Examples of Current Healthcare Social Networks


There are currently four “types” of social networks with a healthcare focus: those founded by individuals, those supported by nonprofit organizations, those created by independent start-ups and those started by established healthcare and pharmaceutical corporations.


Social networks started by individuals have had, by far, the easiest time maintaining a nonbiased platform because they are fully “user-created.”  Although the information may not always be as accurate as we would like, sites such as social networks TuDiabetes.com and PlanetCancer.org have gained popularity and usership simply because they come from people who understand the community best. Most of these sites are very focused on a particular disease or condition, such as diabetes or cancer.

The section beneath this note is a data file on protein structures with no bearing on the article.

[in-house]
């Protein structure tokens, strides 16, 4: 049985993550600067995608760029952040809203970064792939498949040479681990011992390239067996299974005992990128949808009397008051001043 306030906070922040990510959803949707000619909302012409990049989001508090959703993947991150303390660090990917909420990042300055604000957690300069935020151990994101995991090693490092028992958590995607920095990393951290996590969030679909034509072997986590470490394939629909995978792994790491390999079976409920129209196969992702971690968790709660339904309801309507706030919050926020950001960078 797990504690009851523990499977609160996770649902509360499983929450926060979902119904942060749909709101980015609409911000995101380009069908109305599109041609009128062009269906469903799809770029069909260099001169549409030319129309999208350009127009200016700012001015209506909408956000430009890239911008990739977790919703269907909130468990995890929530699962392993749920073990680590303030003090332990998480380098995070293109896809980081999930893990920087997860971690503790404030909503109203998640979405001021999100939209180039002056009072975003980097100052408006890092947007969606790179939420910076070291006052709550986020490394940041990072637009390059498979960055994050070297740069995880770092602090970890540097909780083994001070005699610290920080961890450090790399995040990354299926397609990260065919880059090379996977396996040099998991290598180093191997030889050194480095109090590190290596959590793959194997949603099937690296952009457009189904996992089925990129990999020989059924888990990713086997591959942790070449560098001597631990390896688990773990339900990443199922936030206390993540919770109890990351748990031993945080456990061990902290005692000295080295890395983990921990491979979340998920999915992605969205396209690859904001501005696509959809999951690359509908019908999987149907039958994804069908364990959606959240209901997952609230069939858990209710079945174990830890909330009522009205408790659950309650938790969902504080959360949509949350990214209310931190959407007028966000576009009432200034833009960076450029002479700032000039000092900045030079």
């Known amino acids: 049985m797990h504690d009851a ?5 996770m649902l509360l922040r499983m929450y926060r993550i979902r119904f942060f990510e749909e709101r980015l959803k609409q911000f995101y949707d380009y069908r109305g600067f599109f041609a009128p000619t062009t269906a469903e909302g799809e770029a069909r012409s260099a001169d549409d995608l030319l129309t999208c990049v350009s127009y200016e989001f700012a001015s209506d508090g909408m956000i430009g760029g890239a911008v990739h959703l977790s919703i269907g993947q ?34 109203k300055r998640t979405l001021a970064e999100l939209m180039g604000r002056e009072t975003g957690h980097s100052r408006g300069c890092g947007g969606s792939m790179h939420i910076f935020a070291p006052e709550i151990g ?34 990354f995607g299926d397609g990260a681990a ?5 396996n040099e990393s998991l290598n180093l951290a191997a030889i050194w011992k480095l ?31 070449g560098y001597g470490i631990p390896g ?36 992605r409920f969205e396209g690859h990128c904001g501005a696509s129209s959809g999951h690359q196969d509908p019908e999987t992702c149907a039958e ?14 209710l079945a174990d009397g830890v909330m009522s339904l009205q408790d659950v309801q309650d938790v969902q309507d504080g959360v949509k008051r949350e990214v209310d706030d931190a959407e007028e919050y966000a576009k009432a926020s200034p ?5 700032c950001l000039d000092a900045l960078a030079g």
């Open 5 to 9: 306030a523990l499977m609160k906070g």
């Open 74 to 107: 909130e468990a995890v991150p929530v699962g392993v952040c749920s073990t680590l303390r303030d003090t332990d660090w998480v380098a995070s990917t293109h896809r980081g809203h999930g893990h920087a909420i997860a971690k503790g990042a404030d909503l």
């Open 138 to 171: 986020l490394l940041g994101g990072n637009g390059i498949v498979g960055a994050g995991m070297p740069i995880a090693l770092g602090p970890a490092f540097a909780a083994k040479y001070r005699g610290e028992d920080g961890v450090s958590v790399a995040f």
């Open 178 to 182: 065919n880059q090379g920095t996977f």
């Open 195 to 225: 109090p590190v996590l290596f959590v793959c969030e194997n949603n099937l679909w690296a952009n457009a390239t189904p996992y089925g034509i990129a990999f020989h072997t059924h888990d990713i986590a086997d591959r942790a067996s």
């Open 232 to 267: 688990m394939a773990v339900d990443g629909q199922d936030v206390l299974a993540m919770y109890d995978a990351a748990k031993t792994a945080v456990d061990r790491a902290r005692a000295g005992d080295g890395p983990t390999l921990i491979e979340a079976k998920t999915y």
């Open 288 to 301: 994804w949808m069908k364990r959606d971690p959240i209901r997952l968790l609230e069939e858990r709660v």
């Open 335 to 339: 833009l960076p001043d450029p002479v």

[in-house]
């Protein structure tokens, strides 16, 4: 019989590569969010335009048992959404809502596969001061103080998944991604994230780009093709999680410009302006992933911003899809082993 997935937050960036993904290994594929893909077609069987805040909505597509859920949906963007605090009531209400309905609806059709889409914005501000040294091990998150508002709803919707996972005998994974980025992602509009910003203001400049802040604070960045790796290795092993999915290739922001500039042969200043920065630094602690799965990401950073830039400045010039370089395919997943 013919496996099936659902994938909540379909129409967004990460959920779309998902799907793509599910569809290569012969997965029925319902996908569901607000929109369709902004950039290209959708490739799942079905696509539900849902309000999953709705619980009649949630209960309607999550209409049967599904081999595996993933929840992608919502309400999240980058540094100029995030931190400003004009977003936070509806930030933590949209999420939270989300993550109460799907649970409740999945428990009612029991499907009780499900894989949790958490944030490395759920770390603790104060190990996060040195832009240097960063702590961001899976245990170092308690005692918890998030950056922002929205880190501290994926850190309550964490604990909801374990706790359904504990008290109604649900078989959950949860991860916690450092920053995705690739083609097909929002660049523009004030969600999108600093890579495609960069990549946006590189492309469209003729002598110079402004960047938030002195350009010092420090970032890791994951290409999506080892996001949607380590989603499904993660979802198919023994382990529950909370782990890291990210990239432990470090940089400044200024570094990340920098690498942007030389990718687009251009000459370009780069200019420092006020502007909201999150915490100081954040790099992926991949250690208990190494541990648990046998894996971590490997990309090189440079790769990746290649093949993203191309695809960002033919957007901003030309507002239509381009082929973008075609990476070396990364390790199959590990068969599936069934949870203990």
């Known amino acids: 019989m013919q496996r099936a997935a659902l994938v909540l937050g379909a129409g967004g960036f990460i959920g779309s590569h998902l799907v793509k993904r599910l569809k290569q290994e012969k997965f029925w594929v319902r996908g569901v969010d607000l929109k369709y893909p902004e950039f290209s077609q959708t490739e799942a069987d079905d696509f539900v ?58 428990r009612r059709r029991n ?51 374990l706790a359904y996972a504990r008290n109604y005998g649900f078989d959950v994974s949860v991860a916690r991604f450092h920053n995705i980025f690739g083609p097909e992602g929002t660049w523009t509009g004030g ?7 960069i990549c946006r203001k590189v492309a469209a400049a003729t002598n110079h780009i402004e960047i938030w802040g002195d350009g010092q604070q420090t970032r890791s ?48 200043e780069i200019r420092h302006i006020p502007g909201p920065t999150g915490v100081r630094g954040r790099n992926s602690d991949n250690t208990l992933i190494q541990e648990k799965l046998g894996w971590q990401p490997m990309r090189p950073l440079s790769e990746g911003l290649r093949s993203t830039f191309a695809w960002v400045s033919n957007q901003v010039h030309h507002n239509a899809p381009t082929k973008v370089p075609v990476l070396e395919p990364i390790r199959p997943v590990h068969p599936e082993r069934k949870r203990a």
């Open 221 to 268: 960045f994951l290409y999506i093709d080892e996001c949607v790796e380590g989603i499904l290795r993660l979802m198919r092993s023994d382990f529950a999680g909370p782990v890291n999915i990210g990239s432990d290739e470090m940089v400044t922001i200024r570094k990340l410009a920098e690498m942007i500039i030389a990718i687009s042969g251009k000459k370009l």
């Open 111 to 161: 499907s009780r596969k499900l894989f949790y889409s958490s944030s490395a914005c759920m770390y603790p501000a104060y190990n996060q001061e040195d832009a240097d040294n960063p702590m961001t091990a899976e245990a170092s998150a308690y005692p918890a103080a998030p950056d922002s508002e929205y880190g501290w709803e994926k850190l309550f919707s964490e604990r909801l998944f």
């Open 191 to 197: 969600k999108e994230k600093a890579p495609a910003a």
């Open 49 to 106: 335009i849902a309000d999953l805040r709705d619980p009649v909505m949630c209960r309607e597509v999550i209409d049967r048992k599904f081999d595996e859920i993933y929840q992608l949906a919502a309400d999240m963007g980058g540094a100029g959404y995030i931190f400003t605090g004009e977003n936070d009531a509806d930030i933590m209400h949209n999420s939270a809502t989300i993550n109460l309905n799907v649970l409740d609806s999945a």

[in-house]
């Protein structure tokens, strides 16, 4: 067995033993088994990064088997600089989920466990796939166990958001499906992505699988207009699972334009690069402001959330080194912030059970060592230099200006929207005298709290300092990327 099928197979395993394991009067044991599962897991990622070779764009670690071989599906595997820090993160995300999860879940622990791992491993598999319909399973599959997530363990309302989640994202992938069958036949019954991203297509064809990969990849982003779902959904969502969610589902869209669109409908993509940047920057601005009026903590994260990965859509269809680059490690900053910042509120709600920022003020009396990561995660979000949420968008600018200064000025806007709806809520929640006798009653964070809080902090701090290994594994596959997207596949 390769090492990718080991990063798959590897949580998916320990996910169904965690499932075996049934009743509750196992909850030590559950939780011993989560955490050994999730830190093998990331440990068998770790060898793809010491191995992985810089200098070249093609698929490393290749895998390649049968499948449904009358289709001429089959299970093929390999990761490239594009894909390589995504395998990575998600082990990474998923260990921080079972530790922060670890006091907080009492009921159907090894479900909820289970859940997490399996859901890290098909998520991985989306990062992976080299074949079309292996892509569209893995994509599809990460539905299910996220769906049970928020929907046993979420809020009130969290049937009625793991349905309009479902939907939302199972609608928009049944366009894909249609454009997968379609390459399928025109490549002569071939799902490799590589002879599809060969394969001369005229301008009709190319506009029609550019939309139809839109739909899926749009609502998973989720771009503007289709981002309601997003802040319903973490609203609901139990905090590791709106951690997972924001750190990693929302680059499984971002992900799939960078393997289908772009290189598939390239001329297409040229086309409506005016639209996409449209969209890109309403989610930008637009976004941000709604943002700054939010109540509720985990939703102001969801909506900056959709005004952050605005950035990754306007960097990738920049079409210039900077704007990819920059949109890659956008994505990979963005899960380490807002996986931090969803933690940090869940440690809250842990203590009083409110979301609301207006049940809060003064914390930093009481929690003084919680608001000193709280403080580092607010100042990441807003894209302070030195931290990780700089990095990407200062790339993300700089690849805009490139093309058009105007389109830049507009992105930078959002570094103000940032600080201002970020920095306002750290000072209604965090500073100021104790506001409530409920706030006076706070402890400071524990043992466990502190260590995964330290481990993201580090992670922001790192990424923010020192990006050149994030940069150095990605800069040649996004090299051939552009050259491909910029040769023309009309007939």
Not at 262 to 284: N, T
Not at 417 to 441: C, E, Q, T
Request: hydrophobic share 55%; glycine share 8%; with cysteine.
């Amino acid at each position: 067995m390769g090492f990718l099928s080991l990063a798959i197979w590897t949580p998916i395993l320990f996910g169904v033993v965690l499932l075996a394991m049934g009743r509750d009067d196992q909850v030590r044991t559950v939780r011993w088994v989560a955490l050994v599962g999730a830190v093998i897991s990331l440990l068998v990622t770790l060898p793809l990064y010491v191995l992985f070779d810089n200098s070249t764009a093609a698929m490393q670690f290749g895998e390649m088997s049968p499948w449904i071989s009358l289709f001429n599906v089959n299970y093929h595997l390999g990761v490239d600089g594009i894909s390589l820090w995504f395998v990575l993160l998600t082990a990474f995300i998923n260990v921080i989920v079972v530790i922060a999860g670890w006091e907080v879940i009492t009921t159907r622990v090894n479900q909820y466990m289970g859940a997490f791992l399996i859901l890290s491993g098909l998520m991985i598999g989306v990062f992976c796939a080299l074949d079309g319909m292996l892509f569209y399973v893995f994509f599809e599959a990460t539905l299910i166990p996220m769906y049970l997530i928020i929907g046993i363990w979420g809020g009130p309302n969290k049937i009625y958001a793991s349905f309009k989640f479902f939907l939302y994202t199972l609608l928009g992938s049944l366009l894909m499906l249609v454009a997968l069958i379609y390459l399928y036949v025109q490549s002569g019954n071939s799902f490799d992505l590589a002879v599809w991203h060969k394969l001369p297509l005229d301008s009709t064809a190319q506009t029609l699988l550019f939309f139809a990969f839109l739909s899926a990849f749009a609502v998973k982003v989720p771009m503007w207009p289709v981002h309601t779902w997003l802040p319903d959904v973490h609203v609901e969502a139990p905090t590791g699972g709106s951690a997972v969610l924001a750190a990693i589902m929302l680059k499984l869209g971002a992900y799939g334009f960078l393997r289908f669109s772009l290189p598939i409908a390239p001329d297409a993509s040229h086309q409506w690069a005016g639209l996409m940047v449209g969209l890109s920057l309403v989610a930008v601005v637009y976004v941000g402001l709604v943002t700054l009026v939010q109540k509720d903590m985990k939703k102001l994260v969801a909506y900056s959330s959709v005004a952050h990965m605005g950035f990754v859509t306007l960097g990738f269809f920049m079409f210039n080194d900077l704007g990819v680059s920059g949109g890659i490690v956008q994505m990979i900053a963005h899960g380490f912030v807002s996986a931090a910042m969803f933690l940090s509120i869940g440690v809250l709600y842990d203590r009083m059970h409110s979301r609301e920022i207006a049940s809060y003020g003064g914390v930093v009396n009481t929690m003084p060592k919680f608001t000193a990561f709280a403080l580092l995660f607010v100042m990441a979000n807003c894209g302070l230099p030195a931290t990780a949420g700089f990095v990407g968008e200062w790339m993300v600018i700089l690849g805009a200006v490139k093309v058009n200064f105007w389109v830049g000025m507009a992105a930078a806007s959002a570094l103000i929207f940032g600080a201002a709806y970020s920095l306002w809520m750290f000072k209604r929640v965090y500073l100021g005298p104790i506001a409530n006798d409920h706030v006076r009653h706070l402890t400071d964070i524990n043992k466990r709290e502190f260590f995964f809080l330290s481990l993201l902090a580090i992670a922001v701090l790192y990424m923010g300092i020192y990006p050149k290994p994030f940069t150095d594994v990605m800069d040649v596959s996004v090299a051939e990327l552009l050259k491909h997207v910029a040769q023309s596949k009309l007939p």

While some of these networks offer opportunities for advertising or other marketing efforts, it is inappropriate to participate as a marketer without stating your intentions up front and making, at a minimum, the moderating team aware of your presence.  Additionally, the uncontrolled nature of these forums provides some regulatory risk.

Nonprofit organizations have definitely seen success, and in some cases, individuals used their network to form not-for-profit entities (such as PlanetCancer.org) based on growth and interest of participants. Other not-for-profit organizations have used their constituents to build an online version of their offline social network, as exemplified by I’m Too Young For This, an organization for young cancer survivors.


Independent start-up corporations have also launched several new social networks, which serve as platforms for smaller disease-focused categories. Websites such as Dailystrength.org and PatientsLikeMe.com have channels for dozens of diseases all housed on one website.